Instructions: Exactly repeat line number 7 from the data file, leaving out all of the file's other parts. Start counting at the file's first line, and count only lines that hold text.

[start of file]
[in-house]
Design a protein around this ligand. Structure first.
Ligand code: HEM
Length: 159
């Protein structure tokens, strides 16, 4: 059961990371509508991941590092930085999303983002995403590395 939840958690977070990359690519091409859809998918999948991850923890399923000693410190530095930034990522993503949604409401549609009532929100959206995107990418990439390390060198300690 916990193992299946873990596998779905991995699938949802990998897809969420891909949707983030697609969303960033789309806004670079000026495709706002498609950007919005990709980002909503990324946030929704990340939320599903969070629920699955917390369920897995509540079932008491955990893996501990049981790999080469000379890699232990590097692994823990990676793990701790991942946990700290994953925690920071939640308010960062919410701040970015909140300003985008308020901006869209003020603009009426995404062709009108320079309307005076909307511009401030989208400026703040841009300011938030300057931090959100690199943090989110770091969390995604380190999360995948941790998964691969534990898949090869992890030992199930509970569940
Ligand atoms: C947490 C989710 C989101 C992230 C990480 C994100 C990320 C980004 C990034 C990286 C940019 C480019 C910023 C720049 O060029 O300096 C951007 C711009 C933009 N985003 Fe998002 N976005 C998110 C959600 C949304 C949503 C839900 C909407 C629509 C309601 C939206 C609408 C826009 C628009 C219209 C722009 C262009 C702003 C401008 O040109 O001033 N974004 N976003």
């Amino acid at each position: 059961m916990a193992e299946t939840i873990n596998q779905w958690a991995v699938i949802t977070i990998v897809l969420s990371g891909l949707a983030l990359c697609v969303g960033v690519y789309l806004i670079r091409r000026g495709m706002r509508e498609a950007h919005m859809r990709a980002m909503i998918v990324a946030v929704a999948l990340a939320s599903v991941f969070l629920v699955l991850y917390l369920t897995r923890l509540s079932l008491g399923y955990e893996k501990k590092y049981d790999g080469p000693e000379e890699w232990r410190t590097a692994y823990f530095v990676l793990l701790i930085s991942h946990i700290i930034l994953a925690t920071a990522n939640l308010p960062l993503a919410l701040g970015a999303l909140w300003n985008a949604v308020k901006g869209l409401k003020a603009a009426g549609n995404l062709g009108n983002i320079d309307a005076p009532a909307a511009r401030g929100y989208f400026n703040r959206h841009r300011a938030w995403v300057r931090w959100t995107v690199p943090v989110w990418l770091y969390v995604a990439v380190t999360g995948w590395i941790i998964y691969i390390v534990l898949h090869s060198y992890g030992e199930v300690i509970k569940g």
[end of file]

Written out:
């Amino acid at each position: 059961m916990a193992e299946t939840i873990n596998q779905w958690a991995v699938i949802t977070i990998v897809l969420s990371g891909l949707a983030l990359c697609v969303g960033v690519y789309l806004i670079r091409r000026g495709m706002r509508e498609a950007h919005m859809r990709a980002m909503i998918v990324a946030v929704a999948l990340a939320s599903v991941f969070l629920v699955l991850y917390l369920t897995r923890l509540s079932l008491g399923y955990e893996k501990k590092y049981d790999g080469p000693e000379e890699w232990r410190t590097a692994y823990f530095v990676l793990l701790i930085s991942h946990i700290i930034l994953a925690t920071a990522n939640l308010p960062l993503a919410l701040g970015a999303l909140w300003n985008a949604v308020k901006g869209l409401k003020a603009a009426g549609n995404l062709g009108n983002i320079d309307a005076p009532a909307a511009r401030g929100y989208f400026n703040r959206h841009r300011a938030w995403v300057r931090w959100t995107v690199p943090v989110w990418l770091y969390v995604a990439v380190t999360g995948w590395i941790i998964y691969i390390v534990l898949h090869s060198y992890g030992e199930v300690i509970k569940g």